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Film Greats: Billy Wilder’s ‘The Lost Weekend’ (1945)

Discussion in 'Archived Threads 2001-2004' started by Edwin Pereyra, Dec 19, 2001.

  1. Edwin Pereyra

    Edwin Pereyra Producer

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    The Lost Weekend is an honest and harrowing look at alcohol addiction seen through the eyes of Don Birnam played magnificently by Ray Milland. It is the very first film to tackle the subject of alcoholism and to this date, remains, in my opinion, one of the best films dealing with this social problem (Nicolas Cage and Leaving Las Vegas would be the other). While its ending might be too optimistic, Billy Wilder was able to capture the realism of the subject matter from the script that he co-wrote and his black and white photography of the streets of New York and its skyline.
    The film chronicles one weekend in the life of Don Birnam, a failed writer, and his slow decent towards hopelessness and losing his sanity due to alcoholism. Jane Wyman and Phillip Terry play Don’s friend and brother, respectively, who try and help him get through his addiction. Ray Milland played the deception and struggles that his character Don Birnam went through in the entire film very convincingly.
    The film won four Oscars including Best Picture, Best Director, Best Actor and Best Screenplay. Today, The Lost Weekend is a film that, at times, takes a back seat to other Billy Wilder films such as Sunset Boulevard, Some Like It Hot, The Apartment and Double Indemnity. However, The Lost Weekend is definitely one of Wilder’s best films that have made him such an accomplished filmmaker.
    - - -
    Film Greats – A continuing quick look at motion pictures that, in one way or another, have been called “great films” by some. Other Films In This Series: William Wyler’s Dodsworth : Howard Hawks’ Rio Bravo : D. W. Griffith’s Broken Blossoms : Sidney Lumet’s 12 Angry Men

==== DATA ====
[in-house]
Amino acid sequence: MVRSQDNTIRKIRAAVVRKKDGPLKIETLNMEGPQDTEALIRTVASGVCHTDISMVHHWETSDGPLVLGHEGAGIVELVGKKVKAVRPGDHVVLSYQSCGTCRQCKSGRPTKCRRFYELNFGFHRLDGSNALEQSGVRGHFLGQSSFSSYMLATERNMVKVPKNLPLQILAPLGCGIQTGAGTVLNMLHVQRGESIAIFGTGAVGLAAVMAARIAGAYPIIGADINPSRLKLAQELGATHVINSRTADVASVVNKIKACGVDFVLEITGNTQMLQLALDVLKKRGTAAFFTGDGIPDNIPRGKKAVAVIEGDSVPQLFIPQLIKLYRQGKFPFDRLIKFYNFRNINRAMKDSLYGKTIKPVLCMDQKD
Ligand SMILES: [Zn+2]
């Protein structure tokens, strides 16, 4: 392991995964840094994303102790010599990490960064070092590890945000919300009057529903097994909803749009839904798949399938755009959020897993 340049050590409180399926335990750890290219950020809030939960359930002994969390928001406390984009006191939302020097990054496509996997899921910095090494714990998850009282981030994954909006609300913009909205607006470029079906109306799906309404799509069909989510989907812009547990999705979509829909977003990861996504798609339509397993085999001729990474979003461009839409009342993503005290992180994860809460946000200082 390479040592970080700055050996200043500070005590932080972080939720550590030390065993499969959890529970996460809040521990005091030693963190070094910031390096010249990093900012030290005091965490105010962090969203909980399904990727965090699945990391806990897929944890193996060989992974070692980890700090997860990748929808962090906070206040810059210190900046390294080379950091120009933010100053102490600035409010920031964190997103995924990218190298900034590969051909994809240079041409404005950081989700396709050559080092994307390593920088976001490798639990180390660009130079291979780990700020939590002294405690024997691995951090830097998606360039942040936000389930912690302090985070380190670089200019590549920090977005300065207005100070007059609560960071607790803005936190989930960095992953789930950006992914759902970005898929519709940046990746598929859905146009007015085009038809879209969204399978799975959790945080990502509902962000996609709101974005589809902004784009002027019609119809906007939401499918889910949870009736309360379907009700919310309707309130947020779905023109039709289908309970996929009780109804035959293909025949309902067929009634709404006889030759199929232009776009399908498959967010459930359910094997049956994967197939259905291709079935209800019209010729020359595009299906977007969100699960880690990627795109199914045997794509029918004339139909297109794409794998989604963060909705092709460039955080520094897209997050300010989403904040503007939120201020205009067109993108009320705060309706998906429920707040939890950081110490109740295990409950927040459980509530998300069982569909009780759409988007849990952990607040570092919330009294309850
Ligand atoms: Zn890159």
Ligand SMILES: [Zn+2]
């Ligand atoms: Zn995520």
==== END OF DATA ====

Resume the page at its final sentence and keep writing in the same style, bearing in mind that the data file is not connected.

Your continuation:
~Edwin
     
  2. Robert Crawford

    Robert Crawford Moderator
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    Edwin,
    Since this thread has received so many responses, maybe I should put in my two cents.[​IMG] When I first watched this movie on television sometime during the 1960's, the alcoholic induced delusion scene really scared the crap out of me. Also, knowing Milland's filmography, I'm surprised that Wilder was able to get such a wonderful serious acting performance from him. Milland's forte was comedy or romantic roles. As WWII was coming to a close, this landmark film was very instrumental in pushing cinema towards more socially-conscience topical related films. A great story with a real sense of purpose that gave audiences a peek at the world of alcoholism.
    A side note about this film is that Paramount released this film theatrically then several years later, sold it's film rights to Universal due to financial troubles. Also, after the film was ready for release, Paramount almost didn't release it due to pressure from special interest groups such as temperance advocates and the liquor industry. After a limited New York City release, Parmount knew they had a critically acclaimed hit film.
    Crawdaddy
     
  3. Edwin Pereyra

    Edwin Pereyra Producer

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  4. Robert Crawford

    Robert Crawford Moderator
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  5. Rob Willey

    Rob Willey Screenwriter

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    A great edgy film with an astounding performance by Ray Milland that proved it was a much different world at the end of WWII than it was before. Billy Wilder is the man!
    Now...I need a drink. [​IMG]
    Rob
     
  6. Peter Apruzzese

    Peter Apruzzese Producer

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    I think Milland is equally good - in a less "showy" role - in Hitchcock's Dial M for Murder. So good, in fact, that you want him to get away with it.
     
  7. Robert Crawford

    Robert Crawford Moderator
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    Milland was also good in a couple of film noirs "Ministry of Fear" and "The Big Clock". Furthermore, "The Thief" is being released on dvd which is a unique film noir without any spoken dialogue. I just wished "The Uninvited" a terrific ghost film is released on dvd one day.

    Crawdaddy
     
  8. Dave Barth

    Dave Barth Stunt Coordinator

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    I'll remember to get around to this Wilder film eventually. I haven't seen as many of his movies as I wish.
     

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